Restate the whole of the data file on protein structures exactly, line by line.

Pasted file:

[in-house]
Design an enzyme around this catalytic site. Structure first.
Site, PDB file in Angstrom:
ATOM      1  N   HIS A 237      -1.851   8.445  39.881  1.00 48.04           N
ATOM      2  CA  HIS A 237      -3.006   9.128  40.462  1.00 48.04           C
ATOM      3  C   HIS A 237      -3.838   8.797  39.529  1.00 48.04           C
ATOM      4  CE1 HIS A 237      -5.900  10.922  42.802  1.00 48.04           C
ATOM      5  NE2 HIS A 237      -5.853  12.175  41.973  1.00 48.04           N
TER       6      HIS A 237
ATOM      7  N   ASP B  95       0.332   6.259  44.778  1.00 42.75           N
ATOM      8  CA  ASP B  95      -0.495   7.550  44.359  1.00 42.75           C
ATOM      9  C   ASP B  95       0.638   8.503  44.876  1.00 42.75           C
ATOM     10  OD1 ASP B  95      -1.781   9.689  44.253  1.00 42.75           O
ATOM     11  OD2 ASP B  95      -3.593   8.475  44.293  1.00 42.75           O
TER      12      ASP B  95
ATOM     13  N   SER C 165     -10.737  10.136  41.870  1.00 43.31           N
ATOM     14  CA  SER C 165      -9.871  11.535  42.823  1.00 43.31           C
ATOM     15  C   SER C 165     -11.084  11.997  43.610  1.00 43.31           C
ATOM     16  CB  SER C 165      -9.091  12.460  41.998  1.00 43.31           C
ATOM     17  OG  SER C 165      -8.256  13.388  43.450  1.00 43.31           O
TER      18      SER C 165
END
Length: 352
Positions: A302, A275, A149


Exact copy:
[in-house]
Design an enzyme around this catalytic site. Structure first.
Site, PDB file in Angstrom:
ATOM      1  N   HIS A 237      -1.851   8.445  39.881  1.00 48.04           N
ATOM      2  CA  HIS A 237      -3.006   9.128  40.462  1.00 48.04           C
ATOM      3  C   HIS A 237      -3.838   8.797  39.529  1.00 48.04           C
ATOM      4  CE1 HIS A 237      -5.900  10.922  42.802  1.00 48.04           C
ATOM      5  NE2 HIS A 237      -5.853  12.175  41.973  1.00 48.04           N
TER       6      HIS A 237
ATOM      7  N   ASP B  95       0.332   6.259  44.778  1.00 42.75           N
ATOM      8  CA  ASP B  95      -0.495   7.550  44.359  1.00 42.75           C
ATOM      9  C   ASP B  95       0.638   8.503  44.876  1.00 42.75           C
ATOM     10  OD1 ASP B  95      -1.781   9.689  44.253  1.00 42.75           O
ATOM     11  OD2 ASP B  95      -3.593   8.475  44.293  1.00 42.75           O
TER      12      ASP B  95
ATOM     13  N   SER C 165     -10.737  10.136  41.870  1.00 43.31           N
ATOM     14  CA  SER C 165      -9.871  11.535  42.823  1.00 43.31           C
ATOM     15  C   SER C 165     -11.084  11.997  43.610  1.00 43.31           C
ATOM     16  CB  SER C 165      -9.091  12.460  41.998  1.00 43.31           C
ATOM     17  OG  SER C 165      -8.256  13.388  43.450  1.00 43.31           O
TER      18      SER C 165
END
Length: 352
Positions: A302, A275, A149